LIBRARY MISSION, PROGRAM GOALS, & VISION
The mission of the Sterling Grade School Library Media Program is to ensure that all students and staff have the information, tools, skills and opportunities they need to solve problems, achieve and grow.
Sterling Grade School Library will:
- Provide books, media, technology and other tools to support academic and recreational learning.
- Provide instruction and experience in effectively locating, evaluating and using information (Information Literacy Skills) and navigating the online world safely, effectively and ethically (Digital Citizenship Skills).
- Provide enrichment activities and programs to encourage lifelong learning habits, collaboration, and problem solving.
To provide resources and instruction that will empower users to read for pleasure, explore ideas and solve problems, engage ethically in the global community, and share understandings in new ways.
Read, Learn, Create, Share
LIBRARY PROGRAM OVERVIEW
The library is a user-centered hub of learning in our school. Our library program goals are to provide books, technology, and other tools to support academic and recreational learning, to teach information literacy and digital citizenship skills, and to provide enrichment activities and programs to encourage lifelong learning, collaboration, and problem solving. Annual circulation tops 24,000 checkouts, and our collection features high-quality, engaging books that are aligned to the curriculum. Each month grades K-5 students have two library skills lessons and two storytime sessions, and students have daily access to check out books. The library curriculum includes topics such as: library use, digital citizenship, research skills, ebook and audiobook access, and technology. An up-to-date website of online resources is available all year long, even when school is not in session, and is promoted to students and parents. Special programs include student voting in our state reader's choice award, Battle of the Books competition, Read Across America activities, author visits, and book fairs. Our library has started a STEAM (science, technology, engineering, art, math) makerspace program featuring hands-on materials purchased through grant funding. The library regularly collaborates with community groups such as the Sterling College Education Department and the public library.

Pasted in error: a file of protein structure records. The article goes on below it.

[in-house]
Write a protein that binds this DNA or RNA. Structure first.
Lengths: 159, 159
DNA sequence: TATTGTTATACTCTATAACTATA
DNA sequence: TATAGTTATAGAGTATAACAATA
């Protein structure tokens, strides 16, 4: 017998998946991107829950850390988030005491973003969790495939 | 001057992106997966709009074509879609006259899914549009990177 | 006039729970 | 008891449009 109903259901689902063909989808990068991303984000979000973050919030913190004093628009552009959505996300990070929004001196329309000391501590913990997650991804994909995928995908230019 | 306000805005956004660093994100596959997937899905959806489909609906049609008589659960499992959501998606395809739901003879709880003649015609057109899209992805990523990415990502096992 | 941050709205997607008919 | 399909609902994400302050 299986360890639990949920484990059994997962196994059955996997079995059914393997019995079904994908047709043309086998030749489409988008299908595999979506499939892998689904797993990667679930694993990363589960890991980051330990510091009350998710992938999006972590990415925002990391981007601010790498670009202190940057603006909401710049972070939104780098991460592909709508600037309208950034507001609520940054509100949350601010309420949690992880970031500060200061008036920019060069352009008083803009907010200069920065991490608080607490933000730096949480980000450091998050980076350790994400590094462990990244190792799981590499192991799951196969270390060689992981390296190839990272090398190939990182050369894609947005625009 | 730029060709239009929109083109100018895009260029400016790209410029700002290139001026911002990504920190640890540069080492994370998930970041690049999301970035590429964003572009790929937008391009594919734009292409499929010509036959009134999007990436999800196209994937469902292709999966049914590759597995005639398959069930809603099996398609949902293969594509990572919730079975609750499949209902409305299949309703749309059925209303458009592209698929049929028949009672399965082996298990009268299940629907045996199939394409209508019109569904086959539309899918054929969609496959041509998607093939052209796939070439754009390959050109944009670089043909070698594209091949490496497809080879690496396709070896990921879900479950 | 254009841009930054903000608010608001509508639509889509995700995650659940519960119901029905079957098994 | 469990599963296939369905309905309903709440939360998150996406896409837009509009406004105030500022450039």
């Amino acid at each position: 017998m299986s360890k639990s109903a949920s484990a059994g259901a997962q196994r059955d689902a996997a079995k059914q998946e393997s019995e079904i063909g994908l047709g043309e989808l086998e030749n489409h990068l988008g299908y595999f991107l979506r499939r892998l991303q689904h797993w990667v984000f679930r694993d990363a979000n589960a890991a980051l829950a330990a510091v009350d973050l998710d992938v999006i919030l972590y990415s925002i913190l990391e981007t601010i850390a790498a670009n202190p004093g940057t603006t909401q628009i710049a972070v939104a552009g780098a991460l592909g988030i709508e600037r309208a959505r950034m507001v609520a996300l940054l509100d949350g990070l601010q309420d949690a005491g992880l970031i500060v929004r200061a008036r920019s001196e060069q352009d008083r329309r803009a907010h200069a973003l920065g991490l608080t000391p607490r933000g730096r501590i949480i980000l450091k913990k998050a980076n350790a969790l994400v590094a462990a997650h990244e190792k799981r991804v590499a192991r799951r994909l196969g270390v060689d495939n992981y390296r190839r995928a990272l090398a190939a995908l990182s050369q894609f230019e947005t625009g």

Library skills classes for grades K-5 are taught by Amy Brownlee, K-12 Library Media Specialist. Lessons focus on three goal areas: library use; digital citizenship and information literacy; and learning enrichment / reading enjoyment. Library skills lessons are aligned with the following state standards:
Below is a curriculum outline for library skills.
|Grade Level||Library Use||Digital Citizenship & Information Literacy||
& Reading Enjoyment
Storytime in the library is provided approximately 2 times per month for students in grades K-5 and weekly for preschool beginning in October. Storytellers include Sterling Grade School staff members, parents of SGS students, jr. high and high school students, college students, and community members. Storytime participants listen to and discuss stories, engage in activities, and learn about trips taken and other experiences of the storytellers. This literature enrichment activity builds a love of reading, books and learning in young audiences.
ACCELERATED READER PROGRAM
Accelerated Reader (AR) is a computerized reading incentive program. Students take a STAR test to determine their reading range. This helps them select books that are "just right," not too easy or too hard. Books in the library that are part of the AR program are marked on the spine with a colored dot that shows the book's reading level and with a label inside the cover listing the book's reading level and point value. Students read the book, then take a comprehension test on the computer. Readers receive instant feedback, so they know right away how well they understood the book. Students earn points through the AR program and can earn prizes and privileges through reading AR books. Monthly drawings are held for each classroom, and winning students can earn a pizza lunch downtown with Mr. Riffel. Classroom teachers set AR point goals for their students, and quarterly parties are held for students meeting their AR goals. Past parties have included roller skating, bowling, swimming, and movie parties. Linda Calderwood is the district-wide AR Program Administrator.